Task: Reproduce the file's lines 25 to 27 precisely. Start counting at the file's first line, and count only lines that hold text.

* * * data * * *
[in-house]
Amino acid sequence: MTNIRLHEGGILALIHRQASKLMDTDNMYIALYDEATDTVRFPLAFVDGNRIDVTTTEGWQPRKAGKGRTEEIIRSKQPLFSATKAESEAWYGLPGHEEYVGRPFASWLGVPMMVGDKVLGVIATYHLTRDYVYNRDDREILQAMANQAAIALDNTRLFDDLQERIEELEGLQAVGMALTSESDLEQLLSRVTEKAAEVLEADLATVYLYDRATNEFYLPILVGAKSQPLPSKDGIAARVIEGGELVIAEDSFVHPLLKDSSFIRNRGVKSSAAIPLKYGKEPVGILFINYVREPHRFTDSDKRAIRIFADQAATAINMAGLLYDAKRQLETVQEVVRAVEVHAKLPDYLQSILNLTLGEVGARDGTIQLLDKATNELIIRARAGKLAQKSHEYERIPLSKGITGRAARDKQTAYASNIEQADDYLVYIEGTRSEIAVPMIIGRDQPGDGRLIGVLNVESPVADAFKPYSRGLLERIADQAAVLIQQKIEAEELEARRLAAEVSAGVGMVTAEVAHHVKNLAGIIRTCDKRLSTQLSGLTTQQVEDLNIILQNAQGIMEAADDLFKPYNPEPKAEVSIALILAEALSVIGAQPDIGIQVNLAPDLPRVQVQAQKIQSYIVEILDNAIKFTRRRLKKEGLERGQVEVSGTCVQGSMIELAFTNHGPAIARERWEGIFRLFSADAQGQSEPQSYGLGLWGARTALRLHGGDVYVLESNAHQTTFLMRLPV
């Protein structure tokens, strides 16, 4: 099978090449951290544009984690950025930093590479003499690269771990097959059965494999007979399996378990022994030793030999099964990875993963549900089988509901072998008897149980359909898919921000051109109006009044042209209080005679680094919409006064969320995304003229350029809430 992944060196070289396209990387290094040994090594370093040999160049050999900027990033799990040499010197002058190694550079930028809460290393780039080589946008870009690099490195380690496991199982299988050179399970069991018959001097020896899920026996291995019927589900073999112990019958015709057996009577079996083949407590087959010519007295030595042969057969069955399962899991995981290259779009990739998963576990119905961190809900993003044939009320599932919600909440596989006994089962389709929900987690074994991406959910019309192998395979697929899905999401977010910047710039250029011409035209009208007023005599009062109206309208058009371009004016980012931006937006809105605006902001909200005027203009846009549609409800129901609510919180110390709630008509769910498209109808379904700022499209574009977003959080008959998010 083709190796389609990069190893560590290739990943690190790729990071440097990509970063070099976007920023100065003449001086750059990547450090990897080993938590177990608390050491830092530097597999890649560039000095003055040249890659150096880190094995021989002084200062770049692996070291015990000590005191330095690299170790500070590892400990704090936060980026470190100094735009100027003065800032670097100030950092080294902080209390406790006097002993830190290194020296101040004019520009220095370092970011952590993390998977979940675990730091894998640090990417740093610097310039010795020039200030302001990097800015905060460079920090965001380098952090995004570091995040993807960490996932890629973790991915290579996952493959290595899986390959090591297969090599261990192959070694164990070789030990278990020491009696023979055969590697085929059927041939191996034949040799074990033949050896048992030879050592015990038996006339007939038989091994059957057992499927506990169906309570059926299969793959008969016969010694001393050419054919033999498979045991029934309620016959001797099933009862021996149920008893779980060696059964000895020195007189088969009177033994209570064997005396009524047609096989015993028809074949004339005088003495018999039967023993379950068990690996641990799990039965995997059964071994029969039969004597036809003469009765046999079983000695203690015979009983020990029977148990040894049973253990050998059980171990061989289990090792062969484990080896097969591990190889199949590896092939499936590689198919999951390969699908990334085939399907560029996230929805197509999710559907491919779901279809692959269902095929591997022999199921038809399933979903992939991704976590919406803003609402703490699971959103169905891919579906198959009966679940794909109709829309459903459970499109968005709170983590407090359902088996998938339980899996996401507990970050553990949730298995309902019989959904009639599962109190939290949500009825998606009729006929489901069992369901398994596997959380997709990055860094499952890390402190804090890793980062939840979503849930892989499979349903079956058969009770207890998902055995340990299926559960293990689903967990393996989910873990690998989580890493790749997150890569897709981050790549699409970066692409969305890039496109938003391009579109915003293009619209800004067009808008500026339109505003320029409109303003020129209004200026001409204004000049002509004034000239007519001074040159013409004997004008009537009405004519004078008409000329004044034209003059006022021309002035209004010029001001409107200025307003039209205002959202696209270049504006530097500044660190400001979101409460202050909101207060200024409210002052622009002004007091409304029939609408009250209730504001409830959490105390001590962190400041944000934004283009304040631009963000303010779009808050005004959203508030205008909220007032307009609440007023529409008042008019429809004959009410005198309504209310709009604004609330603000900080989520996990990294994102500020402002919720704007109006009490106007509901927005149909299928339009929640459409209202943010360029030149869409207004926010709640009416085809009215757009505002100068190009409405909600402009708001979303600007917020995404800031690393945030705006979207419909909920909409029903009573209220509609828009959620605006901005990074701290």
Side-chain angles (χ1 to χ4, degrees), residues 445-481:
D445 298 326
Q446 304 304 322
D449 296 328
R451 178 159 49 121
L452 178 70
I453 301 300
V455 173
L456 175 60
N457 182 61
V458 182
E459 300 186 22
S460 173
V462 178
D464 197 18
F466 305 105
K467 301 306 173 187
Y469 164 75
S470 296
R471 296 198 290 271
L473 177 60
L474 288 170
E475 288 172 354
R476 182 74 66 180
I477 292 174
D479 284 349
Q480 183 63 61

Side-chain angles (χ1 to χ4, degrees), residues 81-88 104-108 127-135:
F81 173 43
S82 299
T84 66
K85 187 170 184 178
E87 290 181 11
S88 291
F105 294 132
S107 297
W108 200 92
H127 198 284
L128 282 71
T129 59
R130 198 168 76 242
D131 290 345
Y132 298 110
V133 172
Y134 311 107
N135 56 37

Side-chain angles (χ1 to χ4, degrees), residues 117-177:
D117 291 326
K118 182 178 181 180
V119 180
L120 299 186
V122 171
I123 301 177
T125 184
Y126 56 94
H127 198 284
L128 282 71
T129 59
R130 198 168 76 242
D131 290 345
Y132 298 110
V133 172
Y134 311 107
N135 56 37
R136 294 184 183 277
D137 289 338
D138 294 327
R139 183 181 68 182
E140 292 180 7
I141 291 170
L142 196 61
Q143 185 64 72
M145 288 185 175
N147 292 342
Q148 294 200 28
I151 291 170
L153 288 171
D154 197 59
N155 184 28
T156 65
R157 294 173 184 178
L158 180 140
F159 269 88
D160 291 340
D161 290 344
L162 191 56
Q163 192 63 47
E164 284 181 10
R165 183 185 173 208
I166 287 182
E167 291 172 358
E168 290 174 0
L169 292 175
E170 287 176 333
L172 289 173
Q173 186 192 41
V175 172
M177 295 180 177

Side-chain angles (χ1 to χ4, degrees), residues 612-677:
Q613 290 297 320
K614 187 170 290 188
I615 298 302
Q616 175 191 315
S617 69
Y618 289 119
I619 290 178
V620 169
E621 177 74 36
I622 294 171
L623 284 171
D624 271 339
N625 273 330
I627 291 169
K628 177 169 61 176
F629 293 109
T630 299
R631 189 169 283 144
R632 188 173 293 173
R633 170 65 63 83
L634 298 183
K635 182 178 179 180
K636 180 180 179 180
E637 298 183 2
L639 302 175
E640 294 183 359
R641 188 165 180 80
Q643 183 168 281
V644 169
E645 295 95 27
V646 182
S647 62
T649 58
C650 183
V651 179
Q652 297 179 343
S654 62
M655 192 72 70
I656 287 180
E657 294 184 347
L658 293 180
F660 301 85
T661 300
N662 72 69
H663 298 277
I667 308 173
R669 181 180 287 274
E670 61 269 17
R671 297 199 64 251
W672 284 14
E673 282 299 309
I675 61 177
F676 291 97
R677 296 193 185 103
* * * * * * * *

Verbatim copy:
L474 288 170
E475 288 172 354
R476 182 74 66 180